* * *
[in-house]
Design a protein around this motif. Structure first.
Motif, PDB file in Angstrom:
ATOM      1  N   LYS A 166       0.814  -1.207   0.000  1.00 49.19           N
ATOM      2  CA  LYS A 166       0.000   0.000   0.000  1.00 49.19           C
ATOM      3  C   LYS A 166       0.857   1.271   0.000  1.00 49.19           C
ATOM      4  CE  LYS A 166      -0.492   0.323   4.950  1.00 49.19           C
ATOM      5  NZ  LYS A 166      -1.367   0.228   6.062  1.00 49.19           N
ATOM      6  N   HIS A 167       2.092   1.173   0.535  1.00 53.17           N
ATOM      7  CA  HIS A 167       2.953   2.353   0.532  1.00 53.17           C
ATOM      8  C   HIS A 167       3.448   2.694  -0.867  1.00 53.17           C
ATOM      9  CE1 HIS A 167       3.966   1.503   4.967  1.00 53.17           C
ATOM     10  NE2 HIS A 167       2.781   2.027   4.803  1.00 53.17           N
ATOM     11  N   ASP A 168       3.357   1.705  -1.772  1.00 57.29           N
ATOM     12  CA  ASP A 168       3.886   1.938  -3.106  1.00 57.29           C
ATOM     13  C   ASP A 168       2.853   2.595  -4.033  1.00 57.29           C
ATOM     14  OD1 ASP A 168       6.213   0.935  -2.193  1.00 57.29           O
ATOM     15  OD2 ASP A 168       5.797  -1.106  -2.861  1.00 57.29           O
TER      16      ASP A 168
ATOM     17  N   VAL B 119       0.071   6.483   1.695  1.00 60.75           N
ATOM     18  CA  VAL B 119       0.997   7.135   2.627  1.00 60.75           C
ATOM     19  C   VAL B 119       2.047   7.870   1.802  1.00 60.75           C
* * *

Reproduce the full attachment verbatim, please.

[in-house]
Design a protein around this motif. Structure first.
Motif, PDB file in Angstrom:
ATOM      1  N   LYS A 166       0.814  -1.207   0.000  1.00 49.19           N
ATOM      2  CA  LYS A 166       0.000   0.000   0.000  1.00 49.19           C
ATOM      3  C   LYS A 166       0.857   1.271   0.000  1.00 49.19           C
ATOM      4  CE  LYS A 166      -0.492   0.323   4.950  1.00 49.19           C
ATOM      5  NZ  LYS A 166      -1.367   0.228   6.062  1.00 49.19           N
ATOM      6  N   HIS A 167       2.092   1.173   0.535  1.00 53.17           N
ATOM      7  CA  HIS A 167       2.953   2.353   0.532  1.00 53.17           C
ATOM      8  C   HIS A 167       3.448   2.694  -0.867  1.00 53.17           C
ATOM      9  CE1 HIS A 167       3.966   1.503   4.967  1.00 53.17           C
ATOM     10  NE2 HIS A 167       2.781   2.027   4.803  1.00 53.17           N
ATOM     11  N   ASP A 168       3.357   1.705  -1.772  1.00 57.29           N
ATOM     12  CA  ASP A 168       3.886   1.938  -3.106  1.00 57.29           C
ATOM     13  C   ASP A 168       2.853   2.595  -4.033  1.00 57.29           C
ATOM     14  OD1 ASP A 168       6.213   0.935  -2.193  1.00 57.29           O
ATOM     15  OD2 ASP A 168       5.797  -1.106  -2.861  1.00 57.29           O
TER      16      ASP A 168
ATOM     17  N   VAL B 119       0.071   6.483   1.695  1.00 60.75           N
ATOM     18  CA  VAL B 119       0.997   7.135   2.627  1.00 60.75           C
ATOM     19  C   VAL B 119       2.047   7.870   1.802  1.00 60.75           C